In Ken's own words: "In 1967, I was driving the Caddy on Phyllis St., crossing Empress Ave., and was hit by a dump truck. The truck pushed me into a telephone pole on the corner in front of the store that used to be there and actually broke the telephone pole. You can see where the pole went behind the driver's side tire. I went out the door and two ladies in the store helped me, but I don't remember too much from that moment. I do remember however, looking at the car and thinking that it had some damage."
Click on all the photos once or twice for enlargements.
Seeing these photos that Ken sent me, I could hardly believe that he walked away from the accident. Thanks to Ken for sending these for us to post......Don't go away....There is MORE! The next picture is a now shot of where Ken's accident occurred on the corner of Empress Ave. and Phyllis St. Ken is a former resident of Port Arthur.
The next step with accidents such as this, is where to have it repaired. Ken didn't tell me if and where the Caddy was repaired, but if it was, it probably would have been one of the two next body shops. The first black and white is Port Arthur Motors used car lot and Body Repair shop(this building still exists today), and the next one is my father, John Cano's alma mater Kam Motors which was on Leith Street in Fort William. Let's consider that it was actually repaired at Kam Motors.......well, for a better storyline anyway....thanks for being patient. ☺
Yes, now here is my dad managing the Kam Motors Body Shop in 1967 in his typical Homburg Hat...and look at that....There is a brand new 1967 Oldsmobile Tornado behind him with some damage somewhere. The bumper sticker below was issued in 1965 commemorating Kam's 50th Anniversary.
On the right is about a 1950 ad on a brochure showing how Kam Motors looked at the time and advertising Chevrolet, Oldsmobile and of course Cadillac.
Below is a post card Kam would mail out back in 1939 showing how they could make your car NEW again.
|A now picture - "DIAMOND TAXI"|
The following pictures were all taken when my father was managing the body shop at Kam Motors for Hubert Badanai Sr. back in the early 1950's.
|John Cano and Joe Canzi|
In this picture - all we know are John Cano, Mike Tront, Dan Ozero(with goggles), Peter Petrick, and Joe Canzi. I remember hanging around Kam after school at 10 to 13 years old in the mid to late '50's and all these guys were so good to me....I still remember most of them....and all are now gone to the big body shop in the sky.... ☺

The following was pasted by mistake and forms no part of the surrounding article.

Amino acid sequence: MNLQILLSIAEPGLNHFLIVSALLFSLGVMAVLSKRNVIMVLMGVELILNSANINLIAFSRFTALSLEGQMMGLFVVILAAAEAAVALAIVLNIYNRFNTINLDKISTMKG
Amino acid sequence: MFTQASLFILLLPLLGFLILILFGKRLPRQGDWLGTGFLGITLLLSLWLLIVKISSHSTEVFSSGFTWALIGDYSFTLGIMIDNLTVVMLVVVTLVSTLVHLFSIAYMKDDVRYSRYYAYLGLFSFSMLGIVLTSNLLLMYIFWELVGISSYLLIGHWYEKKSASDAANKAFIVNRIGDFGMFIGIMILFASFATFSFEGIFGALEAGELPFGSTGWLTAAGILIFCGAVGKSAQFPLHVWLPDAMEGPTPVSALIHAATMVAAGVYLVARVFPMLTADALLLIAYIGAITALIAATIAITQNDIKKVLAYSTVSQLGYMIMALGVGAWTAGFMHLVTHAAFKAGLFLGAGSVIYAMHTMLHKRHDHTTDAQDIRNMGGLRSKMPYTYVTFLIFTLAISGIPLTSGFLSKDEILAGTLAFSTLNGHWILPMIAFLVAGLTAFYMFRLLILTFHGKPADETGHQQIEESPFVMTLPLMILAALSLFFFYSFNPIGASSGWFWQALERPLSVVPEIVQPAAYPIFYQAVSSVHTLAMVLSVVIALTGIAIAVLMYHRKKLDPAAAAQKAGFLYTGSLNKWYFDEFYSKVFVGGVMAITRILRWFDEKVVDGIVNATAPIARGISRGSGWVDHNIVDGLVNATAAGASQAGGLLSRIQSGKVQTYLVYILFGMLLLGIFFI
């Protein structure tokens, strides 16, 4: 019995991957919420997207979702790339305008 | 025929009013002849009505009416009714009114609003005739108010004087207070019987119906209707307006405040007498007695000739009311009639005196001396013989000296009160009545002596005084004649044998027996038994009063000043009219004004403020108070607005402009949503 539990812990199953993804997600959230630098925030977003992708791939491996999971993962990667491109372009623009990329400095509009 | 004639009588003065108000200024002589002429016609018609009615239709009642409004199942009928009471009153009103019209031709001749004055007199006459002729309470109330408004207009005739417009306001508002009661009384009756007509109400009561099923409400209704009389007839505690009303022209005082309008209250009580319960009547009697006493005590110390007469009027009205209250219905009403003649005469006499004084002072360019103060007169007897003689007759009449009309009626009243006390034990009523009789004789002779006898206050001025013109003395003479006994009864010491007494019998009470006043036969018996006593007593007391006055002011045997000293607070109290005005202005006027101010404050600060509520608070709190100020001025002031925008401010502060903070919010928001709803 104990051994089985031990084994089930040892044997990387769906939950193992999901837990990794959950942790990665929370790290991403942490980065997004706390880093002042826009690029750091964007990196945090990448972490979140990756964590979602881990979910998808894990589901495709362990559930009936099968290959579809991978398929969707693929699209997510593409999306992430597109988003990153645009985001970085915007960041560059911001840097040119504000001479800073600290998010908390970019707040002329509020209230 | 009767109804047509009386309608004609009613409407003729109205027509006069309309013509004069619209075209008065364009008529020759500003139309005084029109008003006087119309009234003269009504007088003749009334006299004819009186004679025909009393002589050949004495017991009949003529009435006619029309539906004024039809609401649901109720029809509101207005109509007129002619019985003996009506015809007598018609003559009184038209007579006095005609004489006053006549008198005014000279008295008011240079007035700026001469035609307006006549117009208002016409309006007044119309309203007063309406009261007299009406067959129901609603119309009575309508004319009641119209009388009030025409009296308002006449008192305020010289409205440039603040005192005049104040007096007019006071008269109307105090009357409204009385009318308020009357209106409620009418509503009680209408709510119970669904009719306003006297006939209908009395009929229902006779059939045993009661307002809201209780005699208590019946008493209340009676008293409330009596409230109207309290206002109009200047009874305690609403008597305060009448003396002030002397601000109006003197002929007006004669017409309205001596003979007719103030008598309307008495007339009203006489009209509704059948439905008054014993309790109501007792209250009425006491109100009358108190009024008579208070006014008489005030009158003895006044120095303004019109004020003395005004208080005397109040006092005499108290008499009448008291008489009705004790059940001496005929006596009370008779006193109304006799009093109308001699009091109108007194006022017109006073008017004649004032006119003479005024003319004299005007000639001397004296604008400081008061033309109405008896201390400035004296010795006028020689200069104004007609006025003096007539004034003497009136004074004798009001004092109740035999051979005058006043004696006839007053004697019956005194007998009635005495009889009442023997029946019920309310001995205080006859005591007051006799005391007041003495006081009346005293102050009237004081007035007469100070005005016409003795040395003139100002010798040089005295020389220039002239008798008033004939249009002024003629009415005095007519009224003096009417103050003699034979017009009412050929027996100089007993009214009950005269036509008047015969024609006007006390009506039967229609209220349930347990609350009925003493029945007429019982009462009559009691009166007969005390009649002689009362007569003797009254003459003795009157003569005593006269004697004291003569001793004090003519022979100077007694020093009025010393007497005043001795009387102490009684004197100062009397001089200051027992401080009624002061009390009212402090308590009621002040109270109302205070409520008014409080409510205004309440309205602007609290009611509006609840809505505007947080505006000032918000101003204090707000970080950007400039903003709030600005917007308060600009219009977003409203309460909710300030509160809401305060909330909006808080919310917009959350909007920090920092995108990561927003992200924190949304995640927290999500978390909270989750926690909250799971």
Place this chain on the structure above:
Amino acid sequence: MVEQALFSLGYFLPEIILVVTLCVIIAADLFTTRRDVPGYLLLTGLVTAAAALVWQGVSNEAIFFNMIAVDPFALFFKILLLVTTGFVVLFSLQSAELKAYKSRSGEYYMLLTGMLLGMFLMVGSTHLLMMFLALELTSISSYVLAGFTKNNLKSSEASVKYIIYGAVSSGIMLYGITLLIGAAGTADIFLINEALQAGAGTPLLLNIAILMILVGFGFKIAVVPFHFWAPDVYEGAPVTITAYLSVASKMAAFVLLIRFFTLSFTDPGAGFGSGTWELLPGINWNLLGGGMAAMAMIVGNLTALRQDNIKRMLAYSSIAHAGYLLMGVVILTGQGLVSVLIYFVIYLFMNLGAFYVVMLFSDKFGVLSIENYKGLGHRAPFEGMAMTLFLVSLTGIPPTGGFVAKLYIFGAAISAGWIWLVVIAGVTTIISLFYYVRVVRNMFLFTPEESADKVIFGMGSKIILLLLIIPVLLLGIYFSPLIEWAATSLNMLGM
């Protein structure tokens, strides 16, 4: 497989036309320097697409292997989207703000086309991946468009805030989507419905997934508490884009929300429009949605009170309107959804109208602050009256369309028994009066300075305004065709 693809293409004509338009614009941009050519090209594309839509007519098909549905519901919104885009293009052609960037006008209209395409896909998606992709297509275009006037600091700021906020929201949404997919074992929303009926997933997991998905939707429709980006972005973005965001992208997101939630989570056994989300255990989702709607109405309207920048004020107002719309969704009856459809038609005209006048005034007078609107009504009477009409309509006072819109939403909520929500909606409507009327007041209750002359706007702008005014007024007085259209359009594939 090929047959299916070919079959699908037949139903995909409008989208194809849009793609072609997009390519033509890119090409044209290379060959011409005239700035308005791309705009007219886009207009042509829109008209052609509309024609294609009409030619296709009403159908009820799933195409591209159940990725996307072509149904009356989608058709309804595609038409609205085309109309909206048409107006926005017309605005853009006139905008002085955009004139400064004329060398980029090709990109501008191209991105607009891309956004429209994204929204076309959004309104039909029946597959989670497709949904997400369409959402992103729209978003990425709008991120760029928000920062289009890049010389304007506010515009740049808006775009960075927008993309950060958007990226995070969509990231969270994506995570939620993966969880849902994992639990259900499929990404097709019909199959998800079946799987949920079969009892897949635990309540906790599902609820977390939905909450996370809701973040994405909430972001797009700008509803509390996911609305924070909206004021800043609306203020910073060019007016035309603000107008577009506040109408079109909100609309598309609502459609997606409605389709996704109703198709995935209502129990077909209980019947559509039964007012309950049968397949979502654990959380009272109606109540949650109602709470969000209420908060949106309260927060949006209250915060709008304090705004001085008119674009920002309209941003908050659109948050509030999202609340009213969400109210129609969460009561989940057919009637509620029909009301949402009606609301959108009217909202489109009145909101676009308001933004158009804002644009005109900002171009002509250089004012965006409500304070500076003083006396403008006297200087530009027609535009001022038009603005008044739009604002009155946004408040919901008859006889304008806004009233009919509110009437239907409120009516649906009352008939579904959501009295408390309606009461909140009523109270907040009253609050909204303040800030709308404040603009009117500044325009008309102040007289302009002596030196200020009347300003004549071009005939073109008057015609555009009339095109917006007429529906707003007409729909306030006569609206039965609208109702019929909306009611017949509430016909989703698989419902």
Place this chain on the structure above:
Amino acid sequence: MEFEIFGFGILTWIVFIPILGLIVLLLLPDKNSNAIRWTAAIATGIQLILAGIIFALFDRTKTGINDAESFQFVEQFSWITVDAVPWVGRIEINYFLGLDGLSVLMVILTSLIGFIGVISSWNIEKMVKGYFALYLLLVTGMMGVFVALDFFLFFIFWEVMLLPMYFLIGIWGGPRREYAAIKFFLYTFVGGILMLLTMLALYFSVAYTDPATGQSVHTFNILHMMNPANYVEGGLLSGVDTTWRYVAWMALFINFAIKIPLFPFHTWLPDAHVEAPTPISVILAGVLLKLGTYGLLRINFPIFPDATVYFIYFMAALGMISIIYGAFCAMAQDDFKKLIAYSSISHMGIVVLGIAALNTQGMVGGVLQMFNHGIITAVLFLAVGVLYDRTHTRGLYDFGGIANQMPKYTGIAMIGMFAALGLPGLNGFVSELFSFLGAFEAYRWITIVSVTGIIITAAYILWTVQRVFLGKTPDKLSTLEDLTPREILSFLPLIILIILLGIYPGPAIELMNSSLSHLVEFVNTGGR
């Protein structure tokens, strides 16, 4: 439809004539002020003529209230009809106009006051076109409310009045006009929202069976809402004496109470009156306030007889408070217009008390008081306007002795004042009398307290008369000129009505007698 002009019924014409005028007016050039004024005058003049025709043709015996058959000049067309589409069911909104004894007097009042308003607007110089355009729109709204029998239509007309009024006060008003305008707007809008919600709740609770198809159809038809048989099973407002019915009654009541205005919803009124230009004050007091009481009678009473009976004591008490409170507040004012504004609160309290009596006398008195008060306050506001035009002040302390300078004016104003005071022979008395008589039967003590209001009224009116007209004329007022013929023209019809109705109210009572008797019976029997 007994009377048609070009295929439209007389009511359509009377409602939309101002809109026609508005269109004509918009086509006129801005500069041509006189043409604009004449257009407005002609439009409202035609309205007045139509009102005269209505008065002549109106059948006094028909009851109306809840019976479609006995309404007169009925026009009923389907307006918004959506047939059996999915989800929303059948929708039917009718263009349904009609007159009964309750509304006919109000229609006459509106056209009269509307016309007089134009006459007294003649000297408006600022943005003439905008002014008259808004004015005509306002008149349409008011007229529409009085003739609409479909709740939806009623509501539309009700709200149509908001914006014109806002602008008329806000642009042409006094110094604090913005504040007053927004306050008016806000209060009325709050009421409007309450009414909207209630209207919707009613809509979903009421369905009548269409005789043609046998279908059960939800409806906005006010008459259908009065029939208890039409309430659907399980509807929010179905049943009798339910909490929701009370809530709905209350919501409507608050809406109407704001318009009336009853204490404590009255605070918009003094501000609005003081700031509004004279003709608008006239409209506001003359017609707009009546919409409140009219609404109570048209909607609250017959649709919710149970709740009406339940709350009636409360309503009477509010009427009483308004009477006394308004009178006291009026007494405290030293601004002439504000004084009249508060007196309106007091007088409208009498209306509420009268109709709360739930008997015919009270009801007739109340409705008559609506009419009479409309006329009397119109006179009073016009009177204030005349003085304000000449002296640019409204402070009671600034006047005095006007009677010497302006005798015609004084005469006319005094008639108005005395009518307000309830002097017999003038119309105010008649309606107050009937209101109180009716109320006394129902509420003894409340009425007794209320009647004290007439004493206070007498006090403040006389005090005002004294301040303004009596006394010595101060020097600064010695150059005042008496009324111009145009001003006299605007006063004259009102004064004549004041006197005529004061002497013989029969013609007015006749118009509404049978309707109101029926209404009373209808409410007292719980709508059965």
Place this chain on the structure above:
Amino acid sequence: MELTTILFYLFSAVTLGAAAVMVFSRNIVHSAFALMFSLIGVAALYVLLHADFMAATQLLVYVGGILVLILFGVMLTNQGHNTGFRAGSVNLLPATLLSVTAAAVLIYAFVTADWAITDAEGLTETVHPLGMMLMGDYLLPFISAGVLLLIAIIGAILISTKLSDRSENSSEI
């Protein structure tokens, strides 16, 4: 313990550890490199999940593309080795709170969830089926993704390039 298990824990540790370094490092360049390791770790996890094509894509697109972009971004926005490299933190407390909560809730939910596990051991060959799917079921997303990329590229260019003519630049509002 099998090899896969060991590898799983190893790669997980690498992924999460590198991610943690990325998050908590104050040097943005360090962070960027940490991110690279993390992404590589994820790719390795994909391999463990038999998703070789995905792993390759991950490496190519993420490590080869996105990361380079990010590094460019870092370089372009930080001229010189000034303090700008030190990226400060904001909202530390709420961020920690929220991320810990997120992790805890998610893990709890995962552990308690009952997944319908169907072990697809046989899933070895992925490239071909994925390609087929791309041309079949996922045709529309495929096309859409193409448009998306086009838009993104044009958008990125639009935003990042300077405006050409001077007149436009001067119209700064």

Well...what do you think came next.....a body shop was supposed to repair cars, not wreck them...
..........and this is what they did to it! My father did all the body work, Canary(Onorio) Trevisan painted it, Archie Fowler did the mechanical work, and Bill Chepil drove it on and off for about 4 summers total....and oh yes, they wrecked a few of these before it was all over. Don't forget to click on each pic to enlarge them.
The Main Drivers of the #34, 1938 Chevrolet were Bill Chepil and Canary Trevisan. The following picture was taken at Russ Wanzuks museum only a few years before these two icons of the paint and body world of the day Mr. Mascarin and Mr. Canary(Onorio) Trevisan passed on.
The final addition to this post is this great write-up(from Barry Kettering's personal scrap book) that was in the Fort William Times Journal in 1957. It also mentions Sammy Myronuk filling in for Canary because he was in the hospital and Sam also ended up in the hospital after this race day. Sammy went on to race more races with his own cars, but sadly the lack lustre 1938 Chevy Coupe's days came to an end...It seems there was more bad luck than good luck, and the V8 Fords and V8 Chevrolets were leaving the old 6 cylinder Chevrolets behind in the dust.
Many thanks to Ken Coghlan for the Caddy photos, also to Archie Fowler for some of the #34 photos, to Rene Kettering for allowing me to copy Barry's scrapbook a few years ago.
I dedicate this post to my father John Cano for the great car years together and for all he taught me....I miss him very much. Please return for more HR&J photos and stories of our city during the Hot Rod and Jalopy generation.